Fajardo to release new album next December 3rd

Watch ‘Intuición’ and pre-order now on vinyl & digital

It is common among the inhabitants of the Canary Islands to use the expression ‘to look at the cloudscape’. A cloudscape is a picturesque formation of clouds one can easily get lost in, enraptured by its ephemeral existence. Such an incantation fits with the songwriting process. While clouds are moved around by the wind, get their colour from sunlight and their shape from changes in temperature, pressure, and electrical charge, the songwriter in creative mode ‘observes’ a melody he has created out of nowhere and moulds it into a shape as guided by intuition.

Right since they first met in 2018, Fajardo has been fantasizing about the possibility of having his songs arranged by Trilitrate. As that was taking form, some admired musicians such as Marc Enseñat (Monkey Nuts) and Diego Hdez (Keiko, The Conqueror) joined forces with this neoclassical trio, alongside three of Fajardo’s usual collaborators: Manuel Campos (Rosvita), Jordi Tost (Gos Binari, Parmesano) and María Navidad (Tostadas, Mesa Camilla). So when all that came true his ideas easily turned into songs that were both dynamic and nuanced and expressed in an understated style. The resulting set of songs then became an album aptly entitled ‘Intuición’ that was artfully recorded by Javier Ortiz (Estudio Brasil).

‘Intuición’ is an ode to observation, music and friendship. An ode to survival, in short. As the Fuerteventura-born musician puts it himself, -I entitled the album ‘Intuition’ because I feel that the essence of my creative will resides there (…). Indeed, the album addresses multiple issues taking a poetic stance, making imperfect and yet beautiful reflections that always skip over the obvious. The musician’s intuitive musings on those issues work their way into each of the songs. He reflects on the challenge of fatherhood in ‘Deidad’; not having a clue about anything in ‘Accidentes’; missing the pleasure of traveling for the sake of it in ‘Geometría / Geología’. The burden of reasoning (Aprender-Desaprender) becomes a volcano but, like the frenzied rush of being on stage, it is washed away by the sea, purified in saltpeter. We transcend. We arrive at a mountain where the podomorph engravings are so compactly built into the rock that it is almost impossible to spot them in daylight (they come out at night from the lichen-covered trachyte). The witches of Tindaya will greet you in the footsteps of our ancestors. I’ll wait right here for you.


Tzesne to release new EP by October 8th

Listen to ‘Orrocos’, the first new track from ‘Ateretlov’

With twelve albums under his belt, a trilogy of albums with N (Hellmut Neidhart) and an endless flow of collaborations released on labels as diverse as Abgurd, Drone,TIBProd, Mystery Sea, Eclectic Reactions or his own (SeriesNegras), Txesus Garate has become a key figure in ambient and contemporary noise music, as well as in activism and audiovisual manipulation (alongside Paralux).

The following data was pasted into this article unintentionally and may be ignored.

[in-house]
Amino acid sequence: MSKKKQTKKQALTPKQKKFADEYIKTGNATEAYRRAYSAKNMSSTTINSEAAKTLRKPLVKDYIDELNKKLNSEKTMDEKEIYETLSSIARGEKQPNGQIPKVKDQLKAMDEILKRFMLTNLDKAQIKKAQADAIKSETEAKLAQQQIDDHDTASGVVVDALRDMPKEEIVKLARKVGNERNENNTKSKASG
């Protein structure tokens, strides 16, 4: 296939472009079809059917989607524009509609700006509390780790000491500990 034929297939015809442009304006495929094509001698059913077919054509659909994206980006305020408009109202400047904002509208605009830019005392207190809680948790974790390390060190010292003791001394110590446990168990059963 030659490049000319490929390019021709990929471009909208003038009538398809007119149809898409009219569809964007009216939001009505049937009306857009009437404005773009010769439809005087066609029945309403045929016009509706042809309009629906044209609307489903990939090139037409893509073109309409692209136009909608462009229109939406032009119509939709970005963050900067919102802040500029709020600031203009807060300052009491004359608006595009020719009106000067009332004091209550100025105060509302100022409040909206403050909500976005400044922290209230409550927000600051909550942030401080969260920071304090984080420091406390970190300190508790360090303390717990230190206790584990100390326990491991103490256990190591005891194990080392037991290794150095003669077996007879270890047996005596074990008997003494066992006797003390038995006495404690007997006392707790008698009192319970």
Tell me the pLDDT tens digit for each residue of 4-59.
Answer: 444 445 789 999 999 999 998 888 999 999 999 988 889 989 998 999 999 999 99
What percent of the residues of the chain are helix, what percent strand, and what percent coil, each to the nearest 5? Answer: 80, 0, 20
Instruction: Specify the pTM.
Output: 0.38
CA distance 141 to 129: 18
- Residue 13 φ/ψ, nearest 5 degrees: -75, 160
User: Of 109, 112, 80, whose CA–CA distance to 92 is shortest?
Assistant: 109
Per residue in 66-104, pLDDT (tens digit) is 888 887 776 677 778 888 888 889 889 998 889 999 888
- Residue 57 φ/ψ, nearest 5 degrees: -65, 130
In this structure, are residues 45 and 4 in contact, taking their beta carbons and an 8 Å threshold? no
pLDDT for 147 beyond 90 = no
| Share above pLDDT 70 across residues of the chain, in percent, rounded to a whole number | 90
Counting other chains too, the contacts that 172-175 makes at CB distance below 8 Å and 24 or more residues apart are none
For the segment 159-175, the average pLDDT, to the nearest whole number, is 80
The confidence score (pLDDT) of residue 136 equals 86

Although the origins of this restless explorer in the Basque experimental scene are in the harsh sounds of industrial music, his take on music over the last 20 years (either as Tzesne or as a member of Gutural, guZural or Kkopu) has evolved towards simpler, concrete approaches to composition that, while still managing to take many different shapes and forms, result in a highly conceptual body of work that is both suggestive and dreamlike and yet musically unconventional.

Indeed, with this idea of nuclear and semantic simplicity of sound -of the modeling of time- in mind, Tzesne ran into ‘Voltereta’, a 2017 album by Daniel Ardura (Ensaña, Alado sincera, Sonio) that uses harmonic decontextualization to bend and curve the fabric of folk music to such an extent that the foundations of the genre are literally turned upside down. In this new EP, Tzesne seizes six of those songs and makes them his own, reinventing the essence of Ardura’s initial idea. ‘Ateretlov’ is a shift towards a space where Ardura’s original pieces can be re-signified. Tzesne embraces atonality, makes room for cracked electronic sounds and ultimately uses this new formal space to stage this one-of-a-kind interpretation.


IbonRG, Enrike Hurtado: Accessory notes for listening to oMOrruMU baMAt

Interview with IbonRG & Enrike Hurtado


How did the idea of collaborating on this album come up?

IBONRG -This album arose in January 2018, from the death of the poet and txalapartari Joxan Artze. Then I was proposed to participate in a tribute that would take place on his first anniversary. I wanted that, at least in the part of my tribute, the txalaparta had an important place, and I thought of inviting Enrike Hurtado, since he works developing sotfwares created by himself. Among them, one dedicated to interact with the txalaparta. So, the first step was to invite Enrike and start reflecting on Artze’s texts, as well as on his way of working, in order to create different materials from all of this.

How was the composition process?

IBONRG -The album brings together works composed in two periods. On the one hand, the materials properly created for the two 2019 tribute concerts (more or less, half of the pieces were created between 2018 and 2019). And a second phase, in the spring of 2020, already with the intention of recording an album that same summer. There are 11 pieces in total.

What are the songs like?